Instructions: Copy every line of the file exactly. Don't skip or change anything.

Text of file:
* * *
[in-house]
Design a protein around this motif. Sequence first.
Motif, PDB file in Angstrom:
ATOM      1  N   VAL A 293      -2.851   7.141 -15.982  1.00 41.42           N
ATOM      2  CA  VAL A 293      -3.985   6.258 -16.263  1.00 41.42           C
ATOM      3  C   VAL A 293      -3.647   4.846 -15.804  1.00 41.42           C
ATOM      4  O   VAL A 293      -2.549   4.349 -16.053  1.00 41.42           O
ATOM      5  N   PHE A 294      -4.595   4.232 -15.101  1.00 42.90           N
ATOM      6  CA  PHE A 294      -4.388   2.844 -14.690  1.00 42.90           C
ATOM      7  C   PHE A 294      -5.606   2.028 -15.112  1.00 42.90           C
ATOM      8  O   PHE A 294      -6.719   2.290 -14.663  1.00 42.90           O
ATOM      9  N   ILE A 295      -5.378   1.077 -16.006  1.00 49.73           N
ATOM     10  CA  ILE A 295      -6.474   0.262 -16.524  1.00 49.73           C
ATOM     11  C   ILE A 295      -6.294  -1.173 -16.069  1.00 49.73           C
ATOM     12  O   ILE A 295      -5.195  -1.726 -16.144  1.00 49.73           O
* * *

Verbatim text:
[in-house]
Design a protein around this motif. Sequence first.
Motif, PDB file in Angstrom:
ATOM      1  N   VAL A 293      -2.851   7.141 -15.982  1.00 41.42           N
ATOM      2  CA  VAL A 293      -3.985   6.258 -16.263  1.00 41.42           C
ATOM      3  C   VAL A 293      -3.647   4.846 -15.804  1.00 41.42           C
ATOM      4  O   VAL A 293      -2.549   4.349 -16.053  1.00 41.42           O
ATOM      5  N   PHE A 294      -4.595   4.232 -15.101  1.00 42.90           N
ATOM      6  CA  PHE A 294      -4.388   2.844 -14.690  1.00 42.90           C
ATOM      7  C   PHE A 294      -5.606   2.028 -15.112  1.00 42.90           C
ATOM      8  O   PHE A 294      -6.719   2.290 -14.663  1.00 42.90           O
ATOM      9  N   ILE A 295      -5.378   1.077 -16.006  1.00 49.73           N
ATOM     10  CA  ILE A 295      -6.474   0.262 -16.524  1.00 49.73           C
ATOM     11  C   ILE A 295      -6.294  -1.173 -16.069  1.00 49.73           C
ATOM     12  O   ILE A 295      -5.195  -1.726 -16.144  1.00 49.73           O